An effort to let voters decide if they want open primary elections advanced Friday, but moving to such a “top-two” system drew questions from members of the state Constitution Revision Commission. Commission member Bill Schifino, a Tampa attorney, initially proposed allowing unaffiliated voters to cast ballots in Republican or Democratic primaries. But Schifino altered the proposal to put all candidates seeking the same office — if there are more than two candidates — into a single primary regardless of party affiliation. The top two vote-getters would run in the general election. That system, already in use by California, Nebraska and Washington, would also allow state parties to list on the ballot the candidate they “endorse.”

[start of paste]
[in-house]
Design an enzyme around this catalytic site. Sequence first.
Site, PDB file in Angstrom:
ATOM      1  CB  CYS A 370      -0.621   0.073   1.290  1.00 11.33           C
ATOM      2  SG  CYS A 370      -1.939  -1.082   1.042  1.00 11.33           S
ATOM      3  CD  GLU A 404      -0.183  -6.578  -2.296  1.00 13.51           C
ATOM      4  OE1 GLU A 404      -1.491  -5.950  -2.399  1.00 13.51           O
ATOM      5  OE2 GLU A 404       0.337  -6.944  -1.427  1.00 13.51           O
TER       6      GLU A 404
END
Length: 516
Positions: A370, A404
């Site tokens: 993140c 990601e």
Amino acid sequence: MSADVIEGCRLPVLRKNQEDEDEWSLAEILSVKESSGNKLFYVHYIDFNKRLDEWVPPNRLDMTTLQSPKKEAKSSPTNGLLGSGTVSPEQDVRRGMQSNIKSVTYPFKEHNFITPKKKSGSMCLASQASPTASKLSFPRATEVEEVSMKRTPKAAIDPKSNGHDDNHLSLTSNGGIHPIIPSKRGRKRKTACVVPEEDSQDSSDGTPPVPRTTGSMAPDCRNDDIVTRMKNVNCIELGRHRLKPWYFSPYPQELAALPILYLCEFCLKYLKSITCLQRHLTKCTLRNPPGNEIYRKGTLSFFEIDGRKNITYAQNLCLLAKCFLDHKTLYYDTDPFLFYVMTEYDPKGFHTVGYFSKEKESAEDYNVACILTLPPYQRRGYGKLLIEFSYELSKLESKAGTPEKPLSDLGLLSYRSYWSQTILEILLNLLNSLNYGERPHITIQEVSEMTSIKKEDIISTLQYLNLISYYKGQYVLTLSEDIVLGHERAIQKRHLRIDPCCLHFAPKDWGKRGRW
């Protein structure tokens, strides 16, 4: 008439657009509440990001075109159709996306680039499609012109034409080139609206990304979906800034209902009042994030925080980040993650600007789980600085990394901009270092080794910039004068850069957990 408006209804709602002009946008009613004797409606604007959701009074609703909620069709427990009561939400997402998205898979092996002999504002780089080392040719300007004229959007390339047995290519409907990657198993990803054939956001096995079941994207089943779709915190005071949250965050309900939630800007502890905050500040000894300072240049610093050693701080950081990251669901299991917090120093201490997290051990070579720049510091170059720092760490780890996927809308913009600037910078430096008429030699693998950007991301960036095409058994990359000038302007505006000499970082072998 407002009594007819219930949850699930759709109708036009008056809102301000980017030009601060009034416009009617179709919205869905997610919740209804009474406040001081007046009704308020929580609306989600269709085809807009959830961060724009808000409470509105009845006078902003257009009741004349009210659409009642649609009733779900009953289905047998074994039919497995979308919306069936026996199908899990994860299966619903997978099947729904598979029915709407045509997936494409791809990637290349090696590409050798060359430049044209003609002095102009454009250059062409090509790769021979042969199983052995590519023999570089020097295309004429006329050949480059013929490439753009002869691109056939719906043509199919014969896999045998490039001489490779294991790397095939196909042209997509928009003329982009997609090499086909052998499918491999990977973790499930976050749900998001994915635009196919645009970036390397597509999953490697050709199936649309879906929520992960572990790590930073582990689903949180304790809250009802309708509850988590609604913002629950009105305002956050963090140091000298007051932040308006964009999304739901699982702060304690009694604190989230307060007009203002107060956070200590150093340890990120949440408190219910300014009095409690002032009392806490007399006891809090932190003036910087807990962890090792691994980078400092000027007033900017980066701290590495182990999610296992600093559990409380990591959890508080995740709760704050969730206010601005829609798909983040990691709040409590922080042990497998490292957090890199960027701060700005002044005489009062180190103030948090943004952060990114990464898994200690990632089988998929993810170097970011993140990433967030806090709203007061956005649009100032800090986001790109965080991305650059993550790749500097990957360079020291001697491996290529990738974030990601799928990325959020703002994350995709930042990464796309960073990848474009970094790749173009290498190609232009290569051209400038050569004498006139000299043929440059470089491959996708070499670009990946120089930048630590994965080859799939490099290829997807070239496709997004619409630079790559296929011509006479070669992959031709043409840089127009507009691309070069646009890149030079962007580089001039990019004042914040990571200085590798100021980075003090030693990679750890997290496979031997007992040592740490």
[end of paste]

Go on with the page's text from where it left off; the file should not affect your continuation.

Schifino said he continues to push the idea of an open-primary because of comments commissioners heard throughout the state, where 27 percent of voters are registered without any party and the majority of millennials are registering with no party affiliation.
“It is inevitable, we know where this is heading,” Schifino said. “The predictions are that within five years the NPAs will outnumber or at least equal the Ds and Rs. So the question is, how do we engage them in the primary voting process.”
Schifino’s revised proposal was approved Friday in a 6-3 vote by the Constitution Revision Commission’s Ethics and Elections Committee. The commission, which meets once every 20 years, is reviewing proposed constitutional amendments that could go before voters in November.